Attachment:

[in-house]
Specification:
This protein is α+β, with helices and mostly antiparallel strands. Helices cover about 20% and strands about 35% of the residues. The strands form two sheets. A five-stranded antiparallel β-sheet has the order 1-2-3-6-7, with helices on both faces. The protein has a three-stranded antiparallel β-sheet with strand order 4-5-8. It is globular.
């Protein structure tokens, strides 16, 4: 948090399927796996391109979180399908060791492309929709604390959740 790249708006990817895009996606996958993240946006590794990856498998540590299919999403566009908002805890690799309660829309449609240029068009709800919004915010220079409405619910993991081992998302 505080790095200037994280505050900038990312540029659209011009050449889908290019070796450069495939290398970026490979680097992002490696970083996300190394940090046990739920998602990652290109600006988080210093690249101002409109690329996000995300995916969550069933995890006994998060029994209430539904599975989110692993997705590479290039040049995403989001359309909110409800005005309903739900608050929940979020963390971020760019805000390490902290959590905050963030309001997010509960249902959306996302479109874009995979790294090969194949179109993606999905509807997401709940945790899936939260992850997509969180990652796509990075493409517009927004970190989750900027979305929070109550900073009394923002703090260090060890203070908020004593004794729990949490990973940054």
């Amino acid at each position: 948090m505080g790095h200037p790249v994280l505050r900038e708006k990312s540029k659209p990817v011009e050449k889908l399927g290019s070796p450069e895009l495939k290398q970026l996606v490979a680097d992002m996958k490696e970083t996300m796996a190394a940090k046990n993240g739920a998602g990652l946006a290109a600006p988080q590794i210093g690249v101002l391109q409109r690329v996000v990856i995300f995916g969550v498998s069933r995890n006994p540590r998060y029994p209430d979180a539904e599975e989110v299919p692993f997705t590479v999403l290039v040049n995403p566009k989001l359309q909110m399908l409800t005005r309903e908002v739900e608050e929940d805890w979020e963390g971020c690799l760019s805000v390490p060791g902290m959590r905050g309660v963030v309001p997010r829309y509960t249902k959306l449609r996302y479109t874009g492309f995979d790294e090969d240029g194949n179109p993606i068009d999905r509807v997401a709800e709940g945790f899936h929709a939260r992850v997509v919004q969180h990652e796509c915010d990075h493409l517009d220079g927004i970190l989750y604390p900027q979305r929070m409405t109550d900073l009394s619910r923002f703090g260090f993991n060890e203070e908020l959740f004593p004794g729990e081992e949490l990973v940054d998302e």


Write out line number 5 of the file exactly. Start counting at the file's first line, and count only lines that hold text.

């Amino acid at each position: 948090m505080g790095h200037p790249v994280l505050r900038e708006k990312s540029k659209p990817v011009e050449k889908l399927g290019s070796p450069e895009l495939k290398q970026l996606v490979a680097d992002m996958k490696e970083t996300m796996a190394a940090k046990n993240g739920a998602g990652l946006a290109a600006p988080q590794i210093g690249v101002l391109q409109r690329v996000v990856i995300f995916g969550v498998s069933r995890n006994p540590r998060y029994p209430d979180a539904e599975e989110v299919p692993f997705t590479v999403l290039v040049n995403p566009k989001l359309q909110m399908l409800t005005r309903e908002v739900e608050e929940d805890w979020e963390g971020c690799l760019s805000v390490p060791g902290m959590r905050g309660v963030v309001p997010r829309y509960t249902k959306l449609r996302y479109t874009g492309f995979d790294e090969d240029g194949n179109p993606i068009d999905r509807v997401a709800e709940g945790f899936h929709a939260r992850v997509v919004q969180h990652e796509c915010d990075h493409l517009d220079g927004i970190l989750y604390p900027q979305r929070m409405t109550d900073l009394s619910r923002f703090g260090f993991n060890e203070e908020l959740f004593p004794g729990e081992e949490l990973v940054d998302e």